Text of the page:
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Have you ever said no to a large demand, only to subsequently agree to a smaller demand? If so, you may have been victim of door-in-the-face technique. See some examples of door-in-the-face technique, and test your knowledge with a quiz.

Definition of Door-in-the-Face

Jim is going door-to-door in your neighborhood asking for donations for a local charity.

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When you open your door, Jim first asks you to donate $100 to support the charity. Because you do not have $100 to spare, you say no, though you feel guilty about doing so. Jim looks slightly disappointed, but suggests that you make a $5 contribution instead. You agree to this amount, retrieve $5 from your wallet, and hand the money to Jim. Later when you volunteer for the same charity, you find out that the expected donation amount per person was only $5.

Jim was able to persuade you to give the desired amount by using the door-in-the-face technique.

Theory and Research

The door-in-the-face technique was discovered and named by Robert Cialdini and colleagues in 1975. Cialdini and colleagues conducted an experiment in which they asked participants to volunteer as counselors to juvenile delinquents for 2 hours per week for a period of 2 years.

This served as a large request. Once the participants denied the request, researchers then asked the participants to volunteer as chaperones for a one-day trip to the zoo. This served as a small request. Cialdini and colleagues found that 50% of the participants agreed to complete the smaller request when they were first presented with the large request. This is in contrast to 17% of participants who had agreed to the small request after only being presented with the small request.

In other words, participants were more likely to agree with the small request when the large request was initially posed.Cialdini and colleagues concluded that two things must happen in order for the door-in-the-face technique to work:

  • The initial request must be rejected by the target person
  • The target person must believe that the requester has made some concession.

Thus, the size of the second request must be smaller than the initial request. Going back to Jim, had he just asked you for the $5 in the beginning, you would have been less likely to donate the money.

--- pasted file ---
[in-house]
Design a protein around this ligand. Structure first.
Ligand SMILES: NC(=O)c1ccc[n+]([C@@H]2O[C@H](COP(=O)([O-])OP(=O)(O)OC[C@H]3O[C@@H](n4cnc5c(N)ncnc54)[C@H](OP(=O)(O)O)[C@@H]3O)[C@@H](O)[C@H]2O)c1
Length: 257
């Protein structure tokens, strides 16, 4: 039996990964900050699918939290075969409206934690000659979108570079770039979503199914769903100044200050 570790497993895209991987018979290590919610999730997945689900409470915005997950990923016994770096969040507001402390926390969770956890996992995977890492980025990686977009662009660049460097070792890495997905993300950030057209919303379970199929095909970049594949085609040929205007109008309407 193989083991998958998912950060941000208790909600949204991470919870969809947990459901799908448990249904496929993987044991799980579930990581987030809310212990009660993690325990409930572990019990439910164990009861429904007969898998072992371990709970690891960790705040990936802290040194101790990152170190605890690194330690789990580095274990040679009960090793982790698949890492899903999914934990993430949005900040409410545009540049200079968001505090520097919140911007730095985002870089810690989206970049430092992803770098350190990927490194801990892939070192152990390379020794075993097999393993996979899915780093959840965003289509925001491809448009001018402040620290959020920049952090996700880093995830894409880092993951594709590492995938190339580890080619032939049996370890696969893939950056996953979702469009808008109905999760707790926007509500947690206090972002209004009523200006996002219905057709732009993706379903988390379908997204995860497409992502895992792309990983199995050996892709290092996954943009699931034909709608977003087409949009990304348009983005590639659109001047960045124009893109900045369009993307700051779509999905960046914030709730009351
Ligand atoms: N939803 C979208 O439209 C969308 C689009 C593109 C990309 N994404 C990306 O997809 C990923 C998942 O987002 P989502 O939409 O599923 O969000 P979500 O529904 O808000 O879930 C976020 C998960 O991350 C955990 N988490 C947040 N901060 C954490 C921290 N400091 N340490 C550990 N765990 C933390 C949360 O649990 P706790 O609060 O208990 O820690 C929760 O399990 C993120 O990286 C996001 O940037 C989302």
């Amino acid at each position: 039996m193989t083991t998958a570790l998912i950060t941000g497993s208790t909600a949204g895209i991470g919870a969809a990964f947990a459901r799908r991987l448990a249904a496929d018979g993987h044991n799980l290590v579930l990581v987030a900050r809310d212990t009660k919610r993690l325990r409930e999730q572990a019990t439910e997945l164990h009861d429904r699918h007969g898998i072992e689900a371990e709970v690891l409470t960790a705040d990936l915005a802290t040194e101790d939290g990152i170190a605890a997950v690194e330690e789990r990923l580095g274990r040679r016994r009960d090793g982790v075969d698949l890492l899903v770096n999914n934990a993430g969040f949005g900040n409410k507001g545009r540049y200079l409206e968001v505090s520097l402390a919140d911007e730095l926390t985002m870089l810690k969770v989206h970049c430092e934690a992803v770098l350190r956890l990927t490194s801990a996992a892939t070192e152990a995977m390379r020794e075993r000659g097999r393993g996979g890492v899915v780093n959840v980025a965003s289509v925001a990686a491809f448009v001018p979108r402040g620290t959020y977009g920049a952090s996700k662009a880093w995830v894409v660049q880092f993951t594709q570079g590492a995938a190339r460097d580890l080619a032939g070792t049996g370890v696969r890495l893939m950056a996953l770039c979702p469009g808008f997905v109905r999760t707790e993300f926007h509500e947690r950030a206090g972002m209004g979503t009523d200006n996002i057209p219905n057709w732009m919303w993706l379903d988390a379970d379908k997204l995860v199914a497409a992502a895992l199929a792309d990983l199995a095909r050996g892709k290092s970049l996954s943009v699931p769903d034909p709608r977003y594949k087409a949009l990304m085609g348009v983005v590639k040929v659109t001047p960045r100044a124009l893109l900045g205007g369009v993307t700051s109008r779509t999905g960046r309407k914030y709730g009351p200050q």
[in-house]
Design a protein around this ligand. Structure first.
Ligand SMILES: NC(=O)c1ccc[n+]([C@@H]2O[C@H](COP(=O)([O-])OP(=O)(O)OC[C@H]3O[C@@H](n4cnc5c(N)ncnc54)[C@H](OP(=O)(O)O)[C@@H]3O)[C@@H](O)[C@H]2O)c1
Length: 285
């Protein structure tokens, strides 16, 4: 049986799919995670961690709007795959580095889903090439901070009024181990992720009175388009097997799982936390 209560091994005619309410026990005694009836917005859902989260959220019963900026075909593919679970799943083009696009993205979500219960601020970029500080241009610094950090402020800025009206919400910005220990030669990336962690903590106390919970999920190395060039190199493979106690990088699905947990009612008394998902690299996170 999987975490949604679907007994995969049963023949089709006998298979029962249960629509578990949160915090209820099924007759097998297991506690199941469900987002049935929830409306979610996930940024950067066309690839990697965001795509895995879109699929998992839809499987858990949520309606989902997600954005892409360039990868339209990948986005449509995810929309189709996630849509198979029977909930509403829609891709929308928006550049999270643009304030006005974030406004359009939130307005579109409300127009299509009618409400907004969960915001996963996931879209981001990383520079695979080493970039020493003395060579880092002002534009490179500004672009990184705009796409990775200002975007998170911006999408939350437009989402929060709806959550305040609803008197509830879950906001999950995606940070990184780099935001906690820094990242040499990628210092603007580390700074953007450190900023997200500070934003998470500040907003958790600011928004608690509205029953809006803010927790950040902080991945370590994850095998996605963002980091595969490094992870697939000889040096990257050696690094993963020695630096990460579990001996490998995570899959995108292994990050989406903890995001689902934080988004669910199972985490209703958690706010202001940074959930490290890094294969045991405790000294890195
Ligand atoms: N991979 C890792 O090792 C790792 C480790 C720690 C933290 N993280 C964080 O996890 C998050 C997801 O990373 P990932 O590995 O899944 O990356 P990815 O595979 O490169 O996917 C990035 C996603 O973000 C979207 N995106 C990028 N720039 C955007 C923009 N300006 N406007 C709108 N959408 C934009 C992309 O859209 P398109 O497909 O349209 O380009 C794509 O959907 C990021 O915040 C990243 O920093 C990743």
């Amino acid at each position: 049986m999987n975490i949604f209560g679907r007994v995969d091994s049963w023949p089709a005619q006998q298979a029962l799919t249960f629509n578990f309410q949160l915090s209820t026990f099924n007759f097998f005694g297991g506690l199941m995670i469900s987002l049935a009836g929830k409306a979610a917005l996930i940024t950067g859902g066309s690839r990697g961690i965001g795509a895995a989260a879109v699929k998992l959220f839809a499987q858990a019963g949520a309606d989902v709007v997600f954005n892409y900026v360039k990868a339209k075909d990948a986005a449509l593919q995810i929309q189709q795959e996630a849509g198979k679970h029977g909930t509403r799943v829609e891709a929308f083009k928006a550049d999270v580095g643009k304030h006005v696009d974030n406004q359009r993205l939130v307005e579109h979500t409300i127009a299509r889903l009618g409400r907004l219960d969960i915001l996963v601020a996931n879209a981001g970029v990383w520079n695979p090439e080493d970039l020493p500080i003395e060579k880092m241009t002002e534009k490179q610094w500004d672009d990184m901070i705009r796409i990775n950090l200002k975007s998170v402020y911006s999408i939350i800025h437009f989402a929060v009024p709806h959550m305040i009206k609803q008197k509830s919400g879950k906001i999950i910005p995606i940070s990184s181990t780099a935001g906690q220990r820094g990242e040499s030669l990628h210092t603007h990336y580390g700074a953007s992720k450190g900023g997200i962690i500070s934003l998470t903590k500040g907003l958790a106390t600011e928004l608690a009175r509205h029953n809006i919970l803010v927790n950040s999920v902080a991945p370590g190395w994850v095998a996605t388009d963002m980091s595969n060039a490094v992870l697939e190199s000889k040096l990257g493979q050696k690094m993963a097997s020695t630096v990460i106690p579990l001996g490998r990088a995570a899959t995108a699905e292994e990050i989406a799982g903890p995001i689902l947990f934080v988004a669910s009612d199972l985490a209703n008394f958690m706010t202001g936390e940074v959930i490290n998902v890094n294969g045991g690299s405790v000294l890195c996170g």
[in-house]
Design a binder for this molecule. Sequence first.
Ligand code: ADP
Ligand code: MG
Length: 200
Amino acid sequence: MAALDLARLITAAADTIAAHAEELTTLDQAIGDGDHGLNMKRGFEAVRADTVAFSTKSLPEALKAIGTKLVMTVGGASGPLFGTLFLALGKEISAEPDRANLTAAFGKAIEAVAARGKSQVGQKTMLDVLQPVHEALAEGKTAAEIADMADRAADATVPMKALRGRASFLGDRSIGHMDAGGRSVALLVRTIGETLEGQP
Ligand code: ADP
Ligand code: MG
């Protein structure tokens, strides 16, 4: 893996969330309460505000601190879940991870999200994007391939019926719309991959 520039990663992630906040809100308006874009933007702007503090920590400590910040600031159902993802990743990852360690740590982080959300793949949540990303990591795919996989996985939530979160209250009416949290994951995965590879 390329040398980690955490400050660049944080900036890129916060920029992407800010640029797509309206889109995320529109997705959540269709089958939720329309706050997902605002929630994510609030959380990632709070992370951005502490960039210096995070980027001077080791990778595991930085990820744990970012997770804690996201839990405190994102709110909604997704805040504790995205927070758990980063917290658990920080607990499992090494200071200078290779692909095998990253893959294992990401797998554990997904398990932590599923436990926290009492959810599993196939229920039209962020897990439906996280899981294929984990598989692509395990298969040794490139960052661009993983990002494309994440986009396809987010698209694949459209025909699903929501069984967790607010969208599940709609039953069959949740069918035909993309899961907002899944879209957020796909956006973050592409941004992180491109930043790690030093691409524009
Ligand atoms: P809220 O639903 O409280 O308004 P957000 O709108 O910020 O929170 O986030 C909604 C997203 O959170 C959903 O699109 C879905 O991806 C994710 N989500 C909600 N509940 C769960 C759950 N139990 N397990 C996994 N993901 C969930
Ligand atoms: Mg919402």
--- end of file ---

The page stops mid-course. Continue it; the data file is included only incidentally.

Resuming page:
Other Examples

The door-in-the-face technique can be practiced by anyone, and it doesn’t always have to involve money. Here are a few more examples:

  • A friend asks you to take him to his parent’s house, which is 300 miles away.

    You say no. Your friend then asks you to take him to the bus station, which is 10 miles away, so that he can catch a bus to his parent’s house. You find the second request more reasonable, and you say yes.

  • You ask your parents for $500 for a date, which they refuse to give you. You then ask your parents for $50. They agree that this is more reasonable for a date and give you the money.
  • You ask your roommates to clean up the entire house, and they say no. You then ask your roommates to clean their rooms. Since they think the latter is fair, they agree to clean their rooms.

Lesson Summary

The door-in-the-face technique is a persuasive tactic of making a large request that a person will likely refuse in order to get the person to subsequently agree to a smaller request. This technique was discovered by Robert Cialdini and his colleagues in their 1975 study involving requests to volunteer for acting as counselors for juvenile delinquents as a large request and acting as chaperones for a day trip to the zoo as a small request. They ultimately found that the initial request needs to be both rejected, and the person receiving the request has to believe that the person asking them for something has made some sort of concession.An example is when a friend asks to borrow an unreasonable sum of money, to which you say no, only to turn around and ask for a smaller sum that you agree to give. The door-in-the-face technique is commonly used to get people to donate their money, time, or effort.

So the next time someone makes a large request only to follow it with a smaller request, watch out. They just may be using the door-in-the-face technique on you!

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